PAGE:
Drew Olanoff was The Next Web's West Coast Editor. He coined the phrase "Social Good" and invented the "donation by action" model for onlin Drew Olanoff was The Next Web's West Coast Editor. He coined the phrase "Social Good" and invented the "donation by action" model for online charitable movements. He founded #BlameDrewsCancer. You can follow him on Twitter, Google+, Facebook, or email [email protected]
When I was at SF Music Hack Day last month there were a few projects that jumped out at me. Some of them were software based and a few were hacks of hardware. One project that instantly caught my eye was a projected called “Tabber”, which is a contraption that hooks onto your guitar to teach you how to play.
Yes, I’m attracted to bright blinking lights, but as I watched one of the developers hacking away on it alone in a room, I could tell that this thing might actually work. What Tabber does is stream guitar tabulators to a device and lights blink up on the next note of the song. You can tweak the speed of the song so you can keep up with it until you’ve mastered it, which makes this thing an incredible learning tool.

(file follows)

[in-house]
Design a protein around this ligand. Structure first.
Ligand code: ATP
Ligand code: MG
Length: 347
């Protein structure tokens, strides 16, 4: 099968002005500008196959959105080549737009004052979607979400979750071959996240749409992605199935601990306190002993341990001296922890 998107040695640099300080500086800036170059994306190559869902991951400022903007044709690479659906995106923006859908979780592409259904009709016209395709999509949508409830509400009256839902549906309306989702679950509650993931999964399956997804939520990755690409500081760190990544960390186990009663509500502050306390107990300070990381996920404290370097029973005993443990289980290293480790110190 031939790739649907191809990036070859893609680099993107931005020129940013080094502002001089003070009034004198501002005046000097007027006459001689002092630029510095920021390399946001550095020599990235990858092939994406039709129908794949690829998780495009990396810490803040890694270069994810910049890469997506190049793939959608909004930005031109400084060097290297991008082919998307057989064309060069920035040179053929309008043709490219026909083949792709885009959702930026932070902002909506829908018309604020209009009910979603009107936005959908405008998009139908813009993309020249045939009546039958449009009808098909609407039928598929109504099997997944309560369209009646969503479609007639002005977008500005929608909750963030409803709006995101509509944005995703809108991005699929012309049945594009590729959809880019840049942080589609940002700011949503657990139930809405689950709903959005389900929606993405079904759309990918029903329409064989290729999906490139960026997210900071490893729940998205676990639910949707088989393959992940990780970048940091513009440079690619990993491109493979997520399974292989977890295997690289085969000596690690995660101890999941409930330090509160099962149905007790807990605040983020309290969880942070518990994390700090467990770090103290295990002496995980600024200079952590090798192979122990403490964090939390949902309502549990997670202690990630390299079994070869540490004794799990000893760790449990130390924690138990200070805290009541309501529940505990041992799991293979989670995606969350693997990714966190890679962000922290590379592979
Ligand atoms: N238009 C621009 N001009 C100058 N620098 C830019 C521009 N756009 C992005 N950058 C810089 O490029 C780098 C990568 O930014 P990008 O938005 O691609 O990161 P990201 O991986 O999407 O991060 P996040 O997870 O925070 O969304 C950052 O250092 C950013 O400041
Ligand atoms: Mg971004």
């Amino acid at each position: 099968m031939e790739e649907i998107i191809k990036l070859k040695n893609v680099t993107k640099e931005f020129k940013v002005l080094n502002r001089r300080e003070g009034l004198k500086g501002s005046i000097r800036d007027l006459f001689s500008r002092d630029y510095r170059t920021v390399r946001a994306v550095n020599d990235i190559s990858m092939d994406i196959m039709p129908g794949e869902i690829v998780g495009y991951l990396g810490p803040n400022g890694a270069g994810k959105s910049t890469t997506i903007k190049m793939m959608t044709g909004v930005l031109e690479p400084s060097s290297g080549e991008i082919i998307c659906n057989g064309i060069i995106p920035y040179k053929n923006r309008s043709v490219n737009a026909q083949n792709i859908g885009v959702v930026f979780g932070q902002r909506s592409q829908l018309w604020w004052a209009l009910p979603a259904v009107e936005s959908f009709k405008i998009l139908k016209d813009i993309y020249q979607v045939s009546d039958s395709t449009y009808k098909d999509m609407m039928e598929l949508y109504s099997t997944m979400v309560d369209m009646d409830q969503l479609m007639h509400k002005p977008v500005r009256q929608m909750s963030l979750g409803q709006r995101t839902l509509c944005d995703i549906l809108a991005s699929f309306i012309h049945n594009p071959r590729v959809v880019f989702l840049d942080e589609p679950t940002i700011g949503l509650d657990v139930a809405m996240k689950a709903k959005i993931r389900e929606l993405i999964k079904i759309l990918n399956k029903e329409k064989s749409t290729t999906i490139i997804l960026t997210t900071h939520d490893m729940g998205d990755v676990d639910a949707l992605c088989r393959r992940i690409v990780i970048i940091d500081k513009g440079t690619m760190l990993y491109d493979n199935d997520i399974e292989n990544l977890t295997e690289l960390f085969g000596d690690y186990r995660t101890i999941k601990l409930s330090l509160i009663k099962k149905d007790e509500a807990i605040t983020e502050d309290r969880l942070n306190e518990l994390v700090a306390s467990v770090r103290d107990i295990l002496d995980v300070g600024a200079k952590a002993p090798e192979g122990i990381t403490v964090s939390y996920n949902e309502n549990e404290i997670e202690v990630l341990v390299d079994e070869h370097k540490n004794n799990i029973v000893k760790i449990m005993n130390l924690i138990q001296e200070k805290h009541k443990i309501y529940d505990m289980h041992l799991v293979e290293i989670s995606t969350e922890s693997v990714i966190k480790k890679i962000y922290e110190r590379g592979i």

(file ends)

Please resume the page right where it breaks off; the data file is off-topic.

The team behind the Tabber has finally launched its Kickstarter campaign to bring the device to the masses. To make it a reality for all, the team of three passionate music geeks are hoping to raise $45,000. Check out the Tabber in action:
Along with looking super neat and potentially helping you to become the next Van Halen member, the team wants to keep the project hackable and open-sourced:
We believe that music is every bit as much about people as it is about notes in a song. Our goal is to create a community of not only music lovers, but creative people who like to build things that others can use. What kind of things will get built? We don’t know yet, but that’s the point. Should our project reach it’s funding goal, both the hardware and software will be hackable to people and we’ll be able to share all of those ideas on www.tabber.co!
If you’re a music fan or a hardcore gadget fan, this is a project that you should really get behind. I can attest to the fact that the team is hardworking, believes that everyone can learn how to play guitar, and are more than passionate enough to see this project all the way through.
With Kickstarter blowing up with activity lately, I see no reason why the Tabber won’t see similar success.
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